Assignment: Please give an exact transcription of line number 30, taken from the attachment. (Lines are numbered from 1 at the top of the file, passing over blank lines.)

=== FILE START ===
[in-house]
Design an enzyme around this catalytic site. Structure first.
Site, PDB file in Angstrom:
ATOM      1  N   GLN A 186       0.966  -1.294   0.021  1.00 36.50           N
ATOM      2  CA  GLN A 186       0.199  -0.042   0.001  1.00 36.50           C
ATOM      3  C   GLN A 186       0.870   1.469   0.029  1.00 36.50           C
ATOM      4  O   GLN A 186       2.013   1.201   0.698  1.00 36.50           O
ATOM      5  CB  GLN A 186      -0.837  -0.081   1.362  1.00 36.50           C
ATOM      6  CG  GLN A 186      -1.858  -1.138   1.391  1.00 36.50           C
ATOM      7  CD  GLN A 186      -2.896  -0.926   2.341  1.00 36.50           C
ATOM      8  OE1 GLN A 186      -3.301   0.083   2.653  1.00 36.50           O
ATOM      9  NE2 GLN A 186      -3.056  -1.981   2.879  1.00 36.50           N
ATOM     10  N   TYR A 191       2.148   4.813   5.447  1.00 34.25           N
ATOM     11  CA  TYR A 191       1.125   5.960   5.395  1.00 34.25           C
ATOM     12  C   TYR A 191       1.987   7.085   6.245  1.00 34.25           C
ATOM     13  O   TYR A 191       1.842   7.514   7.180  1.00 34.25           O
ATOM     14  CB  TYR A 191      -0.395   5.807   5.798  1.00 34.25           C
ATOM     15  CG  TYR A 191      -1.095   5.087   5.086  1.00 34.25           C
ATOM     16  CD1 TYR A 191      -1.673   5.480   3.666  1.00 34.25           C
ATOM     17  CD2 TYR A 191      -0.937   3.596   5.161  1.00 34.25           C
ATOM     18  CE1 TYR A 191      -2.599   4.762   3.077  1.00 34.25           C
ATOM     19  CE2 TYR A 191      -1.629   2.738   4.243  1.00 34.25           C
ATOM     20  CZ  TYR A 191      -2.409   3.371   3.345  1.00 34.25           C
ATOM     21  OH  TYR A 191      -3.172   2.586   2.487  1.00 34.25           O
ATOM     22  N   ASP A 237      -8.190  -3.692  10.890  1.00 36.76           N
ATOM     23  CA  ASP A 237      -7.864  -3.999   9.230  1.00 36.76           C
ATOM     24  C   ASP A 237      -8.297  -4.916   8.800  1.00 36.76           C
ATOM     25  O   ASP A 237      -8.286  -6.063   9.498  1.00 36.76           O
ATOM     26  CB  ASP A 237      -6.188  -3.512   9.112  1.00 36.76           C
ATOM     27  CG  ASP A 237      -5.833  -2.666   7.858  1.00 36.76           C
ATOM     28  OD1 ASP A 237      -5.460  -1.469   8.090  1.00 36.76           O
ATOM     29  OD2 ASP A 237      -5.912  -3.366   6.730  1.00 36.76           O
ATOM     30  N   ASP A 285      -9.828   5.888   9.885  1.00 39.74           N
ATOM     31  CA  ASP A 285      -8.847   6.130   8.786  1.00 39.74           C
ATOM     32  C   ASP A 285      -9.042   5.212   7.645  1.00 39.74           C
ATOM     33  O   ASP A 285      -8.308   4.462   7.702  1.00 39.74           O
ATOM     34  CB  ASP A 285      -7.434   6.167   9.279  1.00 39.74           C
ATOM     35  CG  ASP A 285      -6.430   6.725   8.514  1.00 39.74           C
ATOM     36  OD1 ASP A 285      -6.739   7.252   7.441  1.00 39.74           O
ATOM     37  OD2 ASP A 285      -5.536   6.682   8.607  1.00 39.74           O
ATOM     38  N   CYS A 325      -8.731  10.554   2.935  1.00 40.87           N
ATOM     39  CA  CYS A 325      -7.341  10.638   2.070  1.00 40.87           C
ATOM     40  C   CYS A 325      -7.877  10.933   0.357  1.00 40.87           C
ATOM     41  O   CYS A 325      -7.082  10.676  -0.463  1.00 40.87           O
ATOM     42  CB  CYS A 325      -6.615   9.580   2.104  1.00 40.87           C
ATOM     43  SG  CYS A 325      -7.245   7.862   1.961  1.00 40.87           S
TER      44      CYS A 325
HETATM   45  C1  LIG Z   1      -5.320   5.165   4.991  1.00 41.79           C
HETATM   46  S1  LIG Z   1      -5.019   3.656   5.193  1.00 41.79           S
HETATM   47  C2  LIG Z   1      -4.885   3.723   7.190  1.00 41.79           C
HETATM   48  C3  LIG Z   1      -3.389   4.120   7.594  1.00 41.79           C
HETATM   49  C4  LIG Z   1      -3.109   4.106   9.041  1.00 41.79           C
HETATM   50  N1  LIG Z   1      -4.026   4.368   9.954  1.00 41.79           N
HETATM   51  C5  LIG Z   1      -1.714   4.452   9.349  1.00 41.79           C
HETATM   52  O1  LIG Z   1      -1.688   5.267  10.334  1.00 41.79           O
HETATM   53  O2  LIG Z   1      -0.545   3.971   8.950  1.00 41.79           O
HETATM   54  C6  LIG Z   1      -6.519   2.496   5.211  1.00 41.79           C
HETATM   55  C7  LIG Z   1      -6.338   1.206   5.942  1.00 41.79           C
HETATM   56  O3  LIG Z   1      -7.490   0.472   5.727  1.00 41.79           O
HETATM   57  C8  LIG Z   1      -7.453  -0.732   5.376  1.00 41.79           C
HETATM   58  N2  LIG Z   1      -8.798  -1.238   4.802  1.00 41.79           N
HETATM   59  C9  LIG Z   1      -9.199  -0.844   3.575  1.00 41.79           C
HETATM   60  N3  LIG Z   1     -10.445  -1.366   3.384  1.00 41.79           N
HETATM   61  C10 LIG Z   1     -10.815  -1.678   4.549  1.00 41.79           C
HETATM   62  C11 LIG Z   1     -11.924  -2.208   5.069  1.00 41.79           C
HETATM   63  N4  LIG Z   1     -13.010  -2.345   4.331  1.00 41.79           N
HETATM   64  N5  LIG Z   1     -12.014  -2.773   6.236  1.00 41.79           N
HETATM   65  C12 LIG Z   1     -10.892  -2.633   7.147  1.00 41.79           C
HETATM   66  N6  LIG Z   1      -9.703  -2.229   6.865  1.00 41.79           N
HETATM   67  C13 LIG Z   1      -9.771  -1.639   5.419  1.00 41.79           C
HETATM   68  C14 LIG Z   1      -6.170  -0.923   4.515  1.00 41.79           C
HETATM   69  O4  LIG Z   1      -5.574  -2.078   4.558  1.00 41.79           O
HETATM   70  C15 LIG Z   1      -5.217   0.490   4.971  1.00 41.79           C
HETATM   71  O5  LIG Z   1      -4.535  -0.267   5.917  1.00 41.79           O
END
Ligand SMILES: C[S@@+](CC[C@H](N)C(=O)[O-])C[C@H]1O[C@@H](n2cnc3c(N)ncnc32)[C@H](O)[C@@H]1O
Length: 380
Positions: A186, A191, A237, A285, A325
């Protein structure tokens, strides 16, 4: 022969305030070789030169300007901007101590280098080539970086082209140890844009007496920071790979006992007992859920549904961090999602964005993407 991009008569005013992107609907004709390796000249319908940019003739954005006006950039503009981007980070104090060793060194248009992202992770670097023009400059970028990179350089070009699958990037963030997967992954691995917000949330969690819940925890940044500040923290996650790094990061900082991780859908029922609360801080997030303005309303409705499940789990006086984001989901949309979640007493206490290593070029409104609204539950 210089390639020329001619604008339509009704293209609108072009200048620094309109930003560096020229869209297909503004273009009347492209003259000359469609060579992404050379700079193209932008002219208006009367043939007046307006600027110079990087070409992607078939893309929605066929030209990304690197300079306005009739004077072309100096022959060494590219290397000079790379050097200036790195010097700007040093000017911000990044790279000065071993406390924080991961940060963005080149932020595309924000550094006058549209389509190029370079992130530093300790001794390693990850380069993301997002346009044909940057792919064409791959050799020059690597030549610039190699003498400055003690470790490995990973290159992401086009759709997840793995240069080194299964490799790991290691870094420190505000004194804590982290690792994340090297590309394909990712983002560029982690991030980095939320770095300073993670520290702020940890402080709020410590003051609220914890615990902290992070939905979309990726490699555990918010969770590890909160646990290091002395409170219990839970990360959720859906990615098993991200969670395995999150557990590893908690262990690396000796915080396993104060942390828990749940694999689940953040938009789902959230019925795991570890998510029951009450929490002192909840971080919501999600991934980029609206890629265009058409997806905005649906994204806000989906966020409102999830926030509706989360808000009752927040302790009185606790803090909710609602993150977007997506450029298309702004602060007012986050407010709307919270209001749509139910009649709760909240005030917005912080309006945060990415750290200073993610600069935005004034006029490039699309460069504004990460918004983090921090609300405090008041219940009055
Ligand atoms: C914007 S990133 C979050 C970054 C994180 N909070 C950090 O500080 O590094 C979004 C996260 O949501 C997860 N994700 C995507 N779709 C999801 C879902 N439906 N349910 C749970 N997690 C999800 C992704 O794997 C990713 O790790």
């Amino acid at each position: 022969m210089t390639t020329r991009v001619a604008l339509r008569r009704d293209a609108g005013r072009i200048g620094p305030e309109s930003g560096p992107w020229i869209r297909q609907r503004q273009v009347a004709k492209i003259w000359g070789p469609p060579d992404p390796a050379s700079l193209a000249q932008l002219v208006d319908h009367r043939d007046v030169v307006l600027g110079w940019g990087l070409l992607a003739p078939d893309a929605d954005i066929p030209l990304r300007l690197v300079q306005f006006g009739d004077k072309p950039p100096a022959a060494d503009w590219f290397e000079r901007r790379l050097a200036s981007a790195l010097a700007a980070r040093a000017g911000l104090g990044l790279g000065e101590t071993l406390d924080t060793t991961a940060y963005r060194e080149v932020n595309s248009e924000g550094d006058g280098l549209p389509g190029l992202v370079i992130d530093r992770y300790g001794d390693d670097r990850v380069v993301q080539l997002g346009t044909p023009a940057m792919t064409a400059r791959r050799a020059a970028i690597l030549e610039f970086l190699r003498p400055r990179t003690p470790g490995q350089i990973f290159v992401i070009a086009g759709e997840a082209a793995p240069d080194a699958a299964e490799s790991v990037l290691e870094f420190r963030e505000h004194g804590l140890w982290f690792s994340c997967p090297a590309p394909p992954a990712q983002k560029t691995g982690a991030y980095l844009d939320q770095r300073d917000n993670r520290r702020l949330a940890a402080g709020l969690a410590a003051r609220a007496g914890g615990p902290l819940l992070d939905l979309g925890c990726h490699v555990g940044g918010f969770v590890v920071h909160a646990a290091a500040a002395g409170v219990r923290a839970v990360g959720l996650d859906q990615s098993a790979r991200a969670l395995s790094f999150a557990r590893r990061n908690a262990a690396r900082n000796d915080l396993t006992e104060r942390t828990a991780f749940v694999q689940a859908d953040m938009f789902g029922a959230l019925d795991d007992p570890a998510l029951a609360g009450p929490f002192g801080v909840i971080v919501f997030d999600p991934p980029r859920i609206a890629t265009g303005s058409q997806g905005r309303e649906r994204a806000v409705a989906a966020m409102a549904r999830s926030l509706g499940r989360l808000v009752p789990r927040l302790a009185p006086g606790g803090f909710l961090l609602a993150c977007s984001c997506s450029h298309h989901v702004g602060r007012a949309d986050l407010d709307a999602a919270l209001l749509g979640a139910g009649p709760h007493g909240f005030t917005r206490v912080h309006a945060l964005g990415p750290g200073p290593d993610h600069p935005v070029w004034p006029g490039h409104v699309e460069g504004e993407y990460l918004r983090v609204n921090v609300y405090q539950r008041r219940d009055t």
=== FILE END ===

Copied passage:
ATOM     27  CG  ASP A 237      -5.833  -2.666   7.858  1.00 36.76           C